Electric-Scooter Rental Program Arrives on the Streets of New Brunswick

e-Scooters on College Ave in New Brunswick, NJ (click to expand)

A new electric-scooter (e-scooter) program has launched in New Brunswick, NJ. An email on Thursday from the Rutgers University Department of Institutional Planning and Operations announced the launch of the program, and by the afternoon, many young people could be seen whizzing around the city on the new scooters.

The scooters are provided by Veo, a Chicago-based micro mobility firm, which operates shared scooters and bicycles in dozens of cities around the country. One of the company’s goals is to “reduce automotive use and promote widespread utilization of shared alternative mobility in a safe and reliable way”. To use the e-scooters, a user must download the Veo app onto a smart device. A map within the app shows the location of the scooters, which can be parked almost anywhere within designated areas in New Brunswick, Highland Park, and Piscataway, NJ. Many of the scooters could be seen today around the College Avenue campus of Rutgers University.

Veo e-scooter in New Brunswick, NJ (click to expand)

To begin a rental session, the user scans a 2D barcode on the handlebar of the scooter with their smart device. The electric motor is activated by pushing forward and pressing on a throttle. Beginning a session costs $1, and the user then pays 28 cents for each minute of the ride. A 10-minute ride would therefore cost $3.80. The acceleration feels zippy, and the motor is almost completely silent. The scooters can travel up to 15 mph, and are equipped with a bell, brakes, and lights. Users must be 18 years old, and are encouraged to wear a helmet, although this is not mandatory. Sidewalk riding of scooters is not permitted per municipal ordinance, punishable by a fine of $250.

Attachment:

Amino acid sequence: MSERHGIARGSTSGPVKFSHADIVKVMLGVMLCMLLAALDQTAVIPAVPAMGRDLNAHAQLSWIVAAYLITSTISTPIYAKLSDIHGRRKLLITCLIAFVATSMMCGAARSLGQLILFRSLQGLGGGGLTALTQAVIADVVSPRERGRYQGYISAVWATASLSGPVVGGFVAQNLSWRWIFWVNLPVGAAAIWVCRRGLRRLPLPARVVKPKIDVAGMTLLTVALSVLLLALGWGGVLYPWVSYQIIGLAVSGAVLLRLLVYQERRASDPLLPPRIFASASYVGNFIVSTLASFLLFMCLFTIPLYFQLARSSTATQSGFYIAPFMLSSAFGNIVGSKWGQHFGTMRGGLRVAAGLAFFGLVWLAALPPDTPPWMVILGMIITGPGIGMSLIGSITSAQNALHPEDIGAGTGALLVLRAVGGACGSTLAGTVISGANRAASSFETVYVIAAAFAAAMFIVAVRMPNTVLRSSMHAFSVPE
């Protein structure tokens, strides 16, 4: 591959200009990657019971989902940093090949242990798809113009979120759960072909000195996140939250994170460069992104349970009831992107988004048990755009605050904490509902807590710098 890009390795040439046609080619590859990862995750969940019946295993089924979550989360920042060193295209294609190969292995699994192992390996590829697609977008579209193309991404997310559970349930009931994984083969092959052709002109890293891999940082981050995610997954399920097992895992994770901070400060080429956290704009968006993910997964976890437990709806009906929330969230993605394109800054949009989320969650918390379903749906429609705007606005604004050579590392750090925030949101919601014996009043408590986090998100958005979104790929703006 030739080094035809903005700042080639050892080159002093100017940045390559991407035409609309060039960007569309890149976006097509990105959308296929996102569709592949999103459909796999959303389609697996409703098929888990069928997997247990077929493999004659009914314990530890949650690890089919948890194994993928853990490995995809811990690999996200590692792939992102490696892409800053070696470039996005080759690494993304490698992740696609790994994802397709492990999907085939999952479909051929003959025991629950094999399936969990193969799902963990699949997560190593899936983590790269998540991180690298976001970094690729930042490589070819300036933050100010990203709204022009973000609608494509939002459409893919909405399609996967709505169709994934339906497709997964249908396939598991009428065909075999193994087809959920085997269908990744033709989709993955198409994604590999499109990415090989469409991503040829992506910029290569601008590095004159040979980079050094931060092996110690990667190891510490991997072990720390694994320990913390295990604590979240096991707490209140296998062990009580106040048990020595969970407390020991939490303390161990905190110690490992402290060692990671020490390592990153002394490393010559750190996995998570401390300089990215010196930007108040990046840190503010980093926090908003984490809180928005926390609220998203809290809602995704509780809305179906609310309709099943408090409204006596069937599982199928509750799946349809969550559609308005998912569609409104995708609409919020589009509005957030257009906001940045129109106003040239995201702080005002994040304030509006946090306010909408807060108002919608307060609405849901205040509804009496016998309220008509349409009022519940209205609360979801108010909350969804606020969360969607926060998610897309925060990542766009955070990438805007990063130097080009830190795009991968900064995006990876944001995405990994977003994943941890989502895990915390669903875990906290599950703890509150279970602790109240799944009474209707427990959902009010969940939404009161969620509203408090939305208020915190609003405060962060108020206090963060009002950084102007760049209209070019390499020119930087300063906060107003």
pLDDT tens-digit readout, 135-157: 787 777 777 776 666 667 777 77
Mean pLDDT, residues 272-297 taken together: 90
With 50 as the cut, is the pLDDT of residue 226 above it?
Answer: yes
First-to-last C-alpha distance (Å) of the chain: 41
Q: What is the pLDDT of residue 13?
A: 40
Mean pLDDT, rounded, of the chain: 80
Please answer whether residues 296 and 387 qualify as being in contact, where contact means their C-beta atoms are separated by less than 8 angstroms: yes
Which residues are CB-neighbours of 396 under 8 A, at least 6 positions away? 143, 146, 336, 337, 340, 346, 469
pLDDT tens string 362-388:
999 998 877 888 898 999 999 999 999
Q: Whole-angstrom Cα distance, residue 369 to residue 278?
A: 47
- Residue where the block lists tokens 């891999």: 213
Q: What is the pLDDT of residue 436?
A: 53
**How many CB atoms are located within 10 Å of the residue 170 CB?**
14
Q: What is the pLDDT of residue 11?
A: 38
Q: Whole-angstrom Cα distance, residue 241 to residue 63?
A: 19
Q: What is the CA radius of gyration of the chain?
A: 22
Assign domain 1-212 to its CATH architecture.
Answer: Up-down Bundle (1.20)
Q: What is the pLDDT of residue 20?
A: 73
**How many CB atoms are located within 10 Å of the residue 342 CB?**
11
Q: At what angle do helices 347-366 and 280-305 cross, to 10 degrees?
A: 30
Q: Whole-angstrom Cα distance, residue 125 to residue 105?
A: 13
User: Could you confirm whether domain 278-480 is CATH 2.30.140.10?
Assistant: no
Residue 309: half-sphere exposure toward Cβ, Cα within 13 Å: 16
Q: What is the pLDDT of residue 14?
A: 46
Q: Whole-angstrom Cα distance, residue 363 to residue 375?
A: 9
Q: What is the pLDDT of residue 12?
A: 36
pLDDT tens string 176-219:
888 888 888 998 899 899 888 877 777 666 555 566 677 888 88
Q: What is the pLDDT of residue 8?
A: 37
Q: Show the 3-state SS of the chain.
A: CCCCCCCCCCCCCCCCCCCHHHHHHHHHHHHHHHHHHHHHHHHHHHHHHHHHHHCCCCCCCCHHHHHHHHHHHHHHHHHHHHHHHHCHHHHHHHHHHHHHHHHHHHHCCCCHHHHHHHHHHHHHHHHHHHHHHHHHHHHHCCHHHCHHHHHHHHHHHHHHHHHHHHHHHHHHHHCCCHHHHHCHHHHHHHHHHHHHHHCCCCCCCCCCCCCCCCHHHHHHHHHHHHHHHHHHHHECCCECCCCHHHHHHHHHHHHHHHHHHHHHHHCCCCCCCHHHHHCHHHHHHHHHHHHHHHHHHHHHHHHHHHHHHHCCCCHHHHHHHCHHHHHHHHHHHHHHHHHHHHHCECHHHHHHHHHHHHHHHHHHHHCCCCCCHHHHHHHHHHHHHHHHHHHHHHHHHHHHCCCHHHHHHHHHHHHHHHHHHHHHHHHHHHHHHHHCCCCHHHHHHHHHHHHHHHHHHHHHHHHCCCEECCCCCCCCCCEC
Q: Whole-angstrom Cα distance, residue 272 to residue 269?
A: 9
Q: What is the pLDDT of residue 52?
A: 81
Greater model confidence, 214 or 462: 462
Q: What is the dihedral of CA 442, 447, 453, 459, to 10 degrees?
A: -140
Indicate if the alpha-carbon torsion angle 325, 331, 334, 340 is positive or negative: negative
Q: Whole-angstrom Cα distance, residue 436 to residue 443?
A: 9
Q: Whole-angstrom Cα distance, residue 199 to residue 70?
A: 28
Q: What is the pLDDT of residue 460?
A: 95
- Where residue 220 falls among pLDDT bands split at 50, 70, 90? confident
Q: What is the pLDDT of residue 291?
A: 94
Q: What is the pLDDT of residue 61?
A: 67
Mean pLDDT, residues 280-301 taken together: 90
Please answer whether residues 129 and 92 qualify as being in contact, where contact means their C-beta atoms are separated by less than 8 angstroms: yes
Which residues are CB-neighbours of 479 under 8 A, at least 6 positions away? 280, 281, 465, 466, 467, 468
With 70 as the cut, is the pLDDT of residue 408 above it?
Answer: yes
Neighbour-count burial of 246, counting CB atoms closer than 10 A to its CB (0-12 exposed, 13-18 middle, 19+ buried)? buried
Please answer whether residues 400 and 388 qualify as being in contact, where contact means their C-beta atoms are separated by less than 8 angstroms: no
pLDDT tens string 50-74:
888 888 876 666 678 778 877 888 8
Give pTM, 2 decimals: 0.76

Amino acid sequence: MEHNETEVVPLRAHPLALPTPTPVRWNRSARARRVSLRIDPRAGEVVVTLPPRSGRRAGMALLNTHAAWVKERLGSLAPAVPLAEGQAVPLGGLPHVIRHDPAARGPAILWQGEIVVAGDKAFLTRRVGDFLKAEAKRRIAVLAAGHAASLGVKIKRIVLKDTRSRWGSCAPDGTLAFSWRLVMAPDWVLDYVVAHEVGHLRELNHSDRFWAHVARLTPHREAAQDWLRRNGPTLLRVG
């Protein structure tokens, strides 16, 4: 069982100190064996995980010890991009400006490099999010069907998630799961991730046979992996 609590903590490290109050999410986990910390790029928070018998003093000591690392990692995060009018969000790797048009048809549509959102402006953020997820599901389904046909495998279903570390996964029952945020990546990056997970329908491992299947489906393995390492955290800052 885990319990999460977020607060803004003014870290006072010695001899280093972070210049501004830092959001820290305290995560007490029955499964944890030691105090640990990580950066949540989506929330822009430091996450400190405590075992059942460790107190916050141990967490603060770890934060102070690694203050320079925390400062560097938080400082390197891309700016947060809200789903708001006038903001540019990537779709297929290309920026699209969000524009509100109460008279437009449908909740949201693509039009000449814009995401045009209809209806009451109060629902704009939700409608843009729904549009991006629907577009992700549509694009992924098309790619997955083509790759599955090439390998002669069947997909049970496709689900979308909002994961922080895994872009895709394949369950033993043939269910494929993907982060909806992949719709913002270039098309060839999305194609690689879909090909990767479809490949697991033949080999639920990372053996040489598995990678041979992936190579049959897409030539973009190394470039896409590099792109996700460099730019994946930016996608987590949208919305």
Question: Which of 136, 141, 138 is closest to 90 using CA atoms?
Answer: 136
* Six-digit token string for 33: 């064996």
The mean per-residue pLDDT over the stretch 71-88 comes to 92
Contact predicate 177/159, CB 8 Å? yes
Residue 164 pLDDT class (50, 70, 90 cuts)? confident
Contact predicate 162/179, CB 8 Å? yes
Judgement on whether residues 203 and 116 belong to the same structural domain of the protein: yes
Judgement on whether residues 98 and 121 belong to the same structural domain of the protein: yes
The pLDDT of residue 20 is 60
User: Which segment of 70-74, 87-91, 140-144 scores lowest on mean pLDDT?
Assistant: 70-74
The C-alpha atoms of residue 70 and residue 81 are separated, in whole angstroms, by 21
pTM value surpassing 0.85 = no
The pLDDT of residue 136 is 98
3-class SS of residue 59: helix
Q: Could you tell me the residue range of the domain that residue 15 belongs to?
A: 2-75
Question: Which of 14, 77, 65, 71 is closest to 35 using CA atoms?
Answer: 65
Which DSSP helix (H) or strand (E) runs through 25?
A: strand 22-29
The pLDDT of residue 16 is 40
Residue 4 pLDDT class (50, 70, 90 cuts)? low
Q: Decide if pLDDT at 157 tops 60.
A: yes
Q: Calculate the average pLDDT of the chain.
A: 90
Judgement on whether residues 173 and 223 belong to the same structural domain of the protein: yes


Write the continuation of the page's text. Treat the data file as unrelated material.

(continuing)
Activation code, brakes, and throttle of Veo e-scooter (click to expand)

The electric scooters could be useful for Rutgers University students, to get around campus without using the campus shuttle bus service. In 2017, Rutgers University was working with North Jersey Transportation Planning Authority on a shared bicycle service, which was to be called ‘Knight Cycle‘. That program never launched, and the new electric scooters appear to be a replacement.

Could Princeton be the next town in New Jersey to get electric scooter rentals? e-Scooters were growing in popularity with Princeton University students before the COVID-19 lockdown. Princeton University previously supported a Zagster bikeshare scheme, but the parent company went into bankruptcy earlier this year and the program has shut down. According to a planning document released by Princeton University in July of this year, the University aims to start a new, larger bikeshare scheme, and hopes to include electric bikes in this new program. Electric scooters are unlikely to come to Princeton however, because the University considers them vastly inferior to bicycles. Specifically, the University’s planning document says:

“Scooters, as a vehicle, are simply less stable and more prone to crash (due to tiny wheels and small steering bars) than bicycles. Bicycles are also more useful due to their cargo capacity (a basket or rack), to say nothing of the fact that a bike can be safely ridden with a single hand while a scooter cannot…”

In the coming years, it seems that New Brunswick, NJ and Princeton, NJ will follow different directions when it comes to shared micro-mobility. Rutgers University in New Brunswick will have shared e-scooters, whereas Princeton will focus on bikes. Time will tell what proves to be more durable or popular.

This entry was posted in Alternative Transportation, Biking, planning and tagged , , , . Bookmark the permalink.

2 Responses to Electric-Scooter Rental Program Arrives on the Streets of New Brunswick

  1. casper says:

    Unfortunate that I already seen someone get hit after r I nning a stop sign on Jones ave..and I seen like a 10 year old riding solo on troop ave

  2. Bob Ratynski says:

    Don’t have a problem with alternative transport such as scooters as long as they obey the rules of the road. Twice this week I almost hit one when they ran a stop sign on Paul Robeson

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